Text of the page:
In Bleeding Cool's earlier piece about why licensed titles are one of the best gateways for new readers into the wild world of comics, we sang the praise of some great TV shows that have been continued or adapted into the graphic medium. Now, let's take a look at some television that would make terrific licensed comics that have yet to make the jump… or maybe titles that were once comics, that have ceased publication.
Here are the Top Five TV shows that should get a licensed comic. Spoilers for all the shows listed may be included, as their endings will be discussed.
This one is a no-brainer. DC once published Supernatural comics through their Wildstorm label, but those were prequel stories that focused on the Winchesters through the earlier times in their lives. It has been years since Supernatural comics were published, and with the (really) long-running TV series coming to an end, what better time to launch a licensed comic? Fans will be hungry for more and, if the series ends with either obliteration or an end to Sam and Dean's crusade against both heaven and hell, the structure of Supernatural is such that a comic could take place at any point in the series' long run. The thought that there isn't an ongoing comic with Sam, Dean, Castiel, and Crowley is odd, as this seems like a missed opportunity to tap into an audience that very obviously wants more, more, and more of this show.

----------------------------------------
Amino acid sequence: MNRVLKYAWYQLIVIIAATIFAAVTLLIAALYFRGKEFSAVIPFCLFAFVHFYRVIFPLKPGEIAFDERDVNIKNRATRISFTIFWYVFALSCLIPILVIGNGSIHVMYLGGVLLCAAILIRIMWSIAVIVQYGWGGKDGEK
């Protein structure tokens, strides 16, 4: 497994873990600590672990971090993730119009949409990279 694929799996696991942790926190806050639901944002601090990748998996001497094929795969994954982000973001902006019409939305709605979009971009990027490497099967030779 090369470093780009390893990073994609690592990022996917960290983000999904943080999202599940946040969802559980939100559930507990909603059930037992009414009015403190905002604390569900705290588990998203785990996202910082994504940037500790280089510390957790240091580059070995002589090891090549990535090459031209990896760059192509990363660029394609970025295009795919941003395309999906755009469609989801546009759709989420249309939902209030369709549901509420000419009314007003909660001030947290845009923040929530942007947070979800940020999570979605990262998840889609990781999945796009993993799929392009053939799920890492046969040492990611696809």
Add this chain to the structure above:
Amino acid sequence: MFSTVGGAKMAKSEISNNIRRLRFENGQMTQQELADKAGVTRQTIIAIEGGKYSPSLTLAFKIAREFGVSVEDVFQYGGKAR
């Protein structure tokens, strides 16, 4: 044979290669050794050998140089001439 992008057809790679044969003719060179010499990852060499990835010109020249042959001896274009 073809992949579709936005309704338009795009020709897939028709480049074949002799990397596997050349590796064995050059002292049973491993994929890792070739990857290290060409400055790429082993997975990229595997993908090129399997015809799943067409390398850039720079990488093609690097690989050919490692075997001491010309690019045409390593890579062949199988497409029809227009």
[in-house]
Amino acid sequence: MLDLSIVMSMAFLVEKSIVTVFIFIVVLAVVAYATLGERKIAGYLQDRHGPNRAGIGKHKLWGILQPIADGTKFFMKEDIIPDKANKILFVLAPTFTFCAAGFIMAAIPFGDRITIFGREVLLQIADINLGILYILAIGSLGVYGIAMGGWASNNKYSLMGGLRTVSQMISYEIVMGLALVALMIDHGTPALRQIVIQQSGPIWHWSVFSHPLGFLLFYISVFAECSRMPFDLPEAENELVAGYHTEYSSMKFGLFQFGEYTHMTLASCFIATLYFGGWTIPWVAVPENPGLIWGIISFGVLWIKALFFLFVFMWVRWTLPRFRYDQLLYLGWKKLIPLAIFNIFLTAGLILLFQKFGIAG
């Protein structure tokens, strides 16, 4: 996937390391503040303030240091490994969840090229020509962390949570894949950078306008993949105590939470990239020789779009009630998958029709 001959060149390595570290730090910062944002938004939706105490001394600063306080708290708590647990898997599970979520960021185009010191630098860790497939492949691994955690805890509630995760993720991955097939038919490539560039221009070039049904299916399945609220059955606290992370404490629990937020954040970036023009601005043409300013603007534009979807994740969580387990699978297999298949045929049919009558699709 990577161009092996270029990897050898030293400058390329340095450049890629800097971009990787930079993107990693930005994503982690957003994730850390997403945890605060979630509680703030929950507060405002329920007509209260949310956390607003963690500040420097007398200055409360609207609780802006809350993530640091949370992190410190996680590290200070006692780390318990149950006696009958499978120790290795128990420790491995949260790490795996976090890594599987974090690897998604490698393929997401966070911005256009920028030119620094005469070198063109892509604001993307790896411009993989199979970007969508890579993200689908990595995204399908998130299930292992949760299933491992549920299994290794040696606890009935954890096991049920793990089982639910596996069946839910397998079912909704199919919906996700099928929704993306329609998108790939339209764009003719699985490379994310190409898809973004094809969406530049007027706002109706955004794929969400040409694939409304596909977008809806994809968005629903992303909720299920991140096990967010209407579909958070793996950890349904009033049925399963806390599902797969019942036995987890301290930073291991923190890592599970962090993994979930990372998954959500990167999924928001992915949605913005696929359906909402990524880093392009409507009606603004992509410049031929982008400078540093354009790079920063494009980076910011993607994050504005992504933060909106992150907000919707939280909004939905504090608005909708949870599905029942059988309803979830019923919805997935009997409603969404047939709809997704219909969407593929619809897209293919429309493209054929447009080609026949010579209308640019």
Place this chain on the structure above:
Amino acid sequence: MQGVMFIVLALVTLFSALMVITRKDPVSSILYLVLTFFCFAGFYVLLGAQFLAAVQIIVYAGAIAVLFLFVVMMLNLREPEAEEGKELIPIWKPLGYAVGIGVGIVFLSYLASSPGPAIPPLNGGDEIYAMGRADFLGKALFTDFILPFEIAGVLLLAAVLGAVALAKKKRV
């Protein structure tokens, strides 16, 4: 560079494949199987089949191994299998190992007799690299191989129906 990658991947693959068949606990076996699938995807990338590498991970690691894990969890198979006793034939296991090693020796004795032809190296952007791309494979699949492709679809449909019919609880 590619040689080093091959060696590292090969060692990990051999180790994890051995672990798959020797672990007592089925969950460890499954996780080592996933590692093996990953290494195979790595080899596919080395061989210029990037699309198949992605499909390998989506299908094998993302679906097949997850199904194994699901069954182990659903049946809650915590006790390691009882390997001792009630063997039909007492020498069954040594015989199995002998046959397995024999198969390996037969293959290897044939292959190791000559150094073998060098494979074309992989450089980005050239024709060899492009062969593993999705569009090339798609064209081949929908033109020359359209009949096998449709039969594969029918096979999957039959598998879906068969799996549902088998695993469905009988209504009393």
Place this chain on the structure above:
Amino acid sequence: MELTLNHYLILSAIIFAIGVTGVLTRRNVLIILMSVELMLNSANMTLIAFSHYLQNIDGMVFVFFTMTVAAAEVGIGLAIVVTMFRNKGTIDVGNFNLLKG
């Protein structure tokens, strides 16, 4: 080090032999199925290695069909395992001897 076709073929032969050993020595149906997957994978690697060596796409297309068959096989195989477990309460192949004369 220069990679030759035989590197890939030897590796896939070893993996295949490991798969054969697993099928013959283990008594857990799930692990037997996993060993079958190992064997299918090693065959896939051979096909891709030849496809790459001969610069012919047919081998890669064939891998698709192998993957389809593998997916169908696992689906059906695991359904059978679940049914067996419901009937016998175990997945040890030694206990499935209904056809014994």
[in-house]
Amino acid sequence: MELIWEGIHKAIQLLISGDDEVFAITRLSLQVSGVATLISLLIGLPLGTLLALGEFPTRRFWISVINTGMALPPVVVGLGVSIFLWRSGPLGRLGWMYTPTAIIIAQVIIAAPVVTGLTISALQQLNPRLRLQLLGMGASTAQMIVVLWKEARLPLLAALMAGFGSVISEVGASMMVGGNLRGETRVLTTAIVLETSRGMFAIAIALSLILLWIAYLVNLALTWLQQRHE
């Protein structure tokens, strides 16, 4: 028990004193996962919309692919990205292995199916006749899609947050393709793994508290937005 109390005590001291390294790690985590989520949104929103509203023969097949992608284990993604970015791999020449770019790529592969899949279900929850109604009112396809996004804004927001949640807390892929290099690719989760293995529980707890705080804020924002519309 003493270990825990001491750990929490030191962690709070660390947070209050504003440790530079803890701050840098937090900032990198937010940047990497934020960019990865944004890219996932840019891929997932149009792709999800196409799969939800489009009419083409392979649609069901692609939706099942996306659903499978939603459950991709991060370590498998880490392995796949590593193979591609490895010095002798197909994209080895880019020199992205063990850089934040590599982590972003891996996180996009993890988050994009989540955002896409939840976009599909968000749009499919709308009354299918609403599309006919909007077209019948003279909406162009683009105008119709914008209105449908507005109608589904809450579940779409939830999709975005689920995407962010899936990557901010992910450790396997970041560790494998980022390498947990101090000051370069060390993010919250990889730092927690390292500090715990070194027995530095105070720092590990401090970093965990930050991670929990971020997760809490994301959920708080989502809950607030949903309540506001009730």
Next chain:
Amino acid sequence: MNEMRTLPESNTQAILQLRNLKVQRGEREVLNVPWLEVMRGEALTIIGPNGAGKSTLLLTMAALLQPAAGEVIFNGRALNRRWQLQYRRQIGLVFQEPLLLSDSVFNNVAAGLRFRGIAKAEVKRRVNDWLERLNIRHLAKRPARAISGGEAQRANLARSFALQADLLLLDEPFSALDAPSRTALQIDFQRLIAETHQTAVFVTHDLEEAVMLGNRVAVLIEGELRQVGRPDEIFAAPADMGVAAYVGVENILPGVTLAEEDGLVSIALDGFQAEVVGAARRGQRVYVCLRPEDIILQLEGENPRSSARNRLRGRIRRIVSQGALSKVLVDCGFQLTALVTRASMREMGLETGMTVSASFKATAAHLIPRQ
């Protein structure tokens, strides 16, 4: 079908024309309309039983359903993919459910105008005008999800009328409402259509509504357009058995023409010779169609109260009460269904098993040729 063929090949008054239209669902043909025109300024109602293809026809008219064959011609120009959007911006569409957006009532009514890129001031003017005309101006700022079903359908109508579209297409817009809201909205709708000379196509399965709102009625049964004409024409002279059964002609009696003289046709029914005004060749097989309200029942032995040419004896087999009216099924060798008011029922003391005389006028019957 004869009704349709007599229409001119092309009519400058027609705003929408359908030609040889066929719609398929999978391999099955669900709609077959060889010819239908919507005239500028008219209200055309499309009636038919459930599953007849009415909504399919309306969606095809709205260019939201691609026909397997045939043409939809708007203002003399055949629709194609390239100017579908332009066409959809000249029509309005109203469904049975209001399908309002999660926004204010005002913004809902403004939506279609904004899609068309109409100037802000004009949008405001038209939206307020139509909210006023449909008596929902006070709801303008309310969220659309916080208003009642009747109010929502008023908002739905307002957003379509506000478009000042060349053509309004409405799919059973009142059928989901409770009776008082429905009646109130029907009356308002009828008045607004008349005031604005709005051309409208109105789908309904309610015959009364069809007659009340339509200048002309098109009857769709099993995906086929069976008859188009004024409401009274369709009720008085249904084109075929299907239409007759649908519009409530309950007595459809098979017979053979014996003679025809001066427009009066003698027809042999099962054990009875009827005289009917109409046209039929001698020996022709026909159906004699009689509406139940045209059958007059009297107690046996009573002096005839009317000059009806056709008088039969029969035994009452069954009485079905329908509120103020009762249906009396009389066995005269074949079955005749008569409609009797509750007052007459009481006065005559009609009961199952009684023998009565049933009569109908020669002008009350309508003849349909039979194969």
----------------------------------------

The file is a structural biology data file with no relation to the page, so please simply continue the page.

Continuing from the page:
Dave might seem like an odd choice for a comic, but this hilarious TV show would be perfect for this medium. It's a little odd that an industry with "comic" in the name could seem so humorless to someone either exploring comics Twitter or looking at the genre-heavy offerings from most major publisher. Comics needs more comedy, Dave has that perfect blend of humor and drama that would translate perfectly to this medium. It follows up-and-coming rapper Lil Dicky as he attempts to navigate his industry and, even though this show has only aired one season so far, it's a concept that's rich enough that a licensed comic would have a lot of grounds to cover.
Lost's ending was a new beginning for some of its characters, leaving part of the cast tasked with taking care of the island. It's unlikely that this series will come back to TV as we knew it, but a licensed comic continuation would be the perfect format for a show that already has ties to the industry. Not only did writer Brian K. Vaughan work on some of the show's best episodes, but Morning Glories writer Nick Spencer was openly inspired by the show and used that inspiration to thrill his readership with an ongoing supernatural mystery in his series.
2. Orange is the New Black
Much like Lost, Orange is the New Black was an ensemble TV show that wrapped up many storylines by the end while leaving other characters with more tales to tell. The finale showed that many of the cast members missing in the final two seasons were together in another prison, which would make a killer setting for an indie-style comic telling character-based stories of the characters who are still behind bars.
Freeform's Siren is a tale of a small town called Bristol Cove that is… well, flip-turned upside down when a real-life mermaid arrives. After excellent seasons, Siren was cancelled with what felt like much story left to tell. The true beauty if licensed comics is when a story that ended too soon is given life in the graphic medium. A licensed Siren comic picking up where the TV series ends could either give breathe new life into the series, or give one final tale to wrap up this compelling, emotional saga.